Oversimplification in research and practice
Looking beyond the development of guidance for front-line practice of crime prevention, towards research and conceptualisation within Crime Science, fragmentary part-models of causes and theories abound. Each individual model (such as Routine Activities Theory) is simple – but the models are in effect dumped in a pile and it’s left to each individual researcher (and worse, practitioner) to work out how to relate one to the other (how does Routine Activities relate to the Rational Offender? And where does Environmental Criminology or Crime Prevention Through Environmental Design fit in?). How are researchers and practitioners to cope with gaps, overlaps and explanations which may be implicitly competing, or operating at different levels? Taken as a whole, this is not simple – just chaotic.
Any plans put forward to improve crime prevention, security and community safety performance will require a decent framework and language to describe and structure knowledge of good practice if they are to succeed in getting the best out of existing research, stimulating new studies and facilitating the training and guidance of practitioners. This is basic good practice – in knowledge management.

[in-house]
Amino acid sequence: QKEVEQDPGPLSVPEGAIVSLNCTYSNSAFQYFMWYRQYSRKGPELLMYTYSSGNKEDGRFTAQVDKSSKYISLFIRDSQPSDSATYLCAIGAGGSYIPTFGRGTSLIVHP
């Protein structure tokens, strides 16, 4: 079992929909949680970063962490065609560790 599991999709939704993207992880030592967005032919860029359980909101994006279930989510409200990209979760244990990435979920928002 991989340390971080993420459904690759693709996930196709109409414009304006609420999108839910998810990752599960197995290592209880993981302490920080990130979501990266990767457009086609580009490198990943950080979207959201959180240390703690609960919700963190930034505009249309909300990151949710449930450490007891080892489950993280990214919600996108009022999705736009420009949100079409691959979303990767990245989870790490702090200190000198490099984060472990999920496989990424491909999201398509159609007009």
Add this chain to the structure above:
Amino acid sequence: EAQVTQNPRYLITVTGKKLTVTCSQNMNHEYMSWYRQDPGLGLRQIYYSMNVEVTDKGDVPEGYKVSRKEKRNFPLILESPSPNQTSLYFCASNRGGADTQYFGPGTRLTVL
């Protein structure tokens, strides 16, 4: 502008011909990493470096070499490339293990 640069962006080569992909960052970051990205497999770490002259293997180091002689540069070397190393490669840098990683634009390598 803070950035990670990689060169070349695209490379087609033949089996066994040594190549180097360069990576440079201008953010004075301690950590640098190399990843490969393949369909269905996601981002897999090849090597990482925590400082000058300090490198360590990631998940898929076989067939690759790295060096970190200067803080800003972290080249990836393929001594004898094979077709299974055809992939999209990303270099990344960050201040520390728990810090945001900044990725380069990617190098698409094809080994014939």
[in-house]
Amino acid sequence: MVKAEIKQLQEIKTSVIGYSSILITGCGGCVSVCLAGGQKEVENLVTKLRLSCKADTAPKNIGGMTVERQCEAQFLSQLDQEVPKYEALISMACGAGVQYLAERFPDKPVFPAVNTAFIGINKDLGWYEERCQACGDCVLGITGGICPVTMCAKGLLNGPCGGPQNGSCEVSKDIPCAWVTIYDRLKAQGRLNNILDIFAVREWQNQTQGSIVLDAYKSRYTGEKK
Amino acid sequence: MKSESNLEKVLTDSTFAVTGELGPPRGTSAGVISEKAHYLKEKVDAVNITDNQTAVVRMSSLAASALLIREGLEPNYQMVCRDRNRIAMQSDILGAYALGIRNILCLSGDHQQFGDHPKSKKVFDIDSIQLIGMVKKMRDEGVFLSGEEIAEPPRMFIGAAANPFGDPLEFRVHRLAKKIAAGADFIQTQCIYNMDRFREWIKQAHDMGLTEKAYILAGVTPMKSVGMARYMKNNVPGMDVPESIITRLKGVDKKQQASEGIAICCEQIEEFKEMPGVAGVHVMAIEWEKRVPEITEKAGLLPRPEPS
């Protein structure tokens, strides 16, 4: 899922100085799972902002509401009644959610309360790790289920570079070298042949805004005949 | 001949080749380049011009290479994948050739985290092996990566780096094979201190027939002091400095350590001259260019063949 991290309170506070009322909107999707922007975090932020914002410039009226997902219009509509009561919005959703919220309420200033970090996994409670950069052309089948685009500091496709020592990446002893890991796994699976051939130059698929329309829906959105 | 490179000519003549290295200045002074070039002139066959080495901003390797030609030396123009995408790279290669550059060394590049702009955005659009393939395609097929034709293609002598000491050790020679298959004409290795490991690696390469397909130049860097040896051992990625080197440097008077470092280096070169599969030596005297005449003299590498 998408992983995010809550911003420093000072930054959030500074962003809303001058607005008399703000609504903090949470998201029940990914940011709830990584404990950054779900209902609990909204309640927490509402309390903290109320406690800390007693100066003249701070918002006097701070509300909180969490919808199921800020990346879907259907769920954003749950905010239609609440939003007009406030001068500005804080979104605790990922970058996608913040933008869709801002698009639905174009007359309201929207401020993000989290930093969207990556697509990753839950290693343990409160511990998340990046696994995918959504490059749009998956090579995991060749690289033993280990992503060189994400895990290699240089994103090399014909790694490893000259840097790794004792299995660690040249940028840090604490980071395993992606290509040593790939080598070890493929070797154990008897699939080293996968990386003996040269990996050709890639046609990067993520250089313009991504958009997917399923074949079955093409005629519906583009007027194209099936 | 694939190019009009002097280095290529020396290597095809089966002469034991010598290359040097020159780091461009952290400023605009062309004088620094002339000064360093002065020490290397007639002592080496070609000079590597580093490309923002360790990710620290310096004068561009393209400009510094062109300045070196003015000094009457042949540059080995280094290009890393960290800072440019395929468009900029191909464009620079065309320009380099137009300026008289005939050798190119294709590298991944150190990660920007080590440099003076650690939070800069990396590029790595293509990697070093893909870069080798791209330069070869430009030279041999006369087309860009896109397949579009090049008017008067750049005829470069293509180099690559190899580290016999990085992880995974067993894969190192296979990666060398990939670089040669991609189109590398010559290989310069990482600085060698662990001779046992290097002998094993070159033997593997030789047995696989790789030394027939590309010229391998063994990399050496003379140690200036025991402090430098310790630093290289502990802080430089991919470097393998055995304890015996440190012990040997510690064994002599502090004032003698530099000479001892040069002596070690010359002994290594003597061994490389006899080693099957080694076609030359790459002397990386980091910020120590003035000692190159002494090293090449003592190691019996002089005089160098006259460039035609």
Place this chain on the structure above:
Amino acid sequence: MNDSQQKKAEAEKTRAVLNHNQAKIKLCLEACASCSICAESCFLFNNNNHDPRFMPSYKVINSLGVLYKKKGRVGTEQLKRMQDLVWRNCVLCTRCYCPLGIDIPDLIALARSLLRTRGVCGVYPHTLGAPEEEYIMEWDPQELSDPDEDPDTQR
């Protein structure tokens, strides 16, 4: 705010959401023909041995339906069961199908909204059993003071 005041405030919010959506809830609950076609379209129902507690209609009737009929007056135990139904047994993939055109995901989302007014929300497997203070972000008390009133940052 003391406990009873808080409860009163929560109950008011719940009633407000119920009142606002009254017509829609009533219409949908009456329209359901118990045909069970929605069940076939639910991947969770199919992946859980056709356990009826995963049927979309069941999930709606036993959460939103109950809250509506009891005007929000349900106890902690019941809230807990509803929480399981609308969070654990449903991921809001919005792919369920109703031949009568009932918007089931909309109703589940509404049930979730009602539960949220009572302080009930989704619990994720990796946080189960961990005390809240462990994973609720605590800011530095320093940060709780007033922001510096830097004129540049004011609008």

What lies behind this drive to oversimplify?
Several mutually-reinforcing and self-fulfilling factors come to mind:
Misunderstanding of practice and disdain for detail. Senior policymakers prefer high-level abstractions such as the Systematic Reviews produced by the Campbell Collaboration, delivering messages such as ‘Street lighting is a cost-effective way of reducing crime and fear’. This is completely right for strategic policy (and great, too, for political slogans), but once we shift perspective to the infrastructure needed to deliver the policy or the practical detail needed to implement it on the ground, it’s not remotely detailed enough.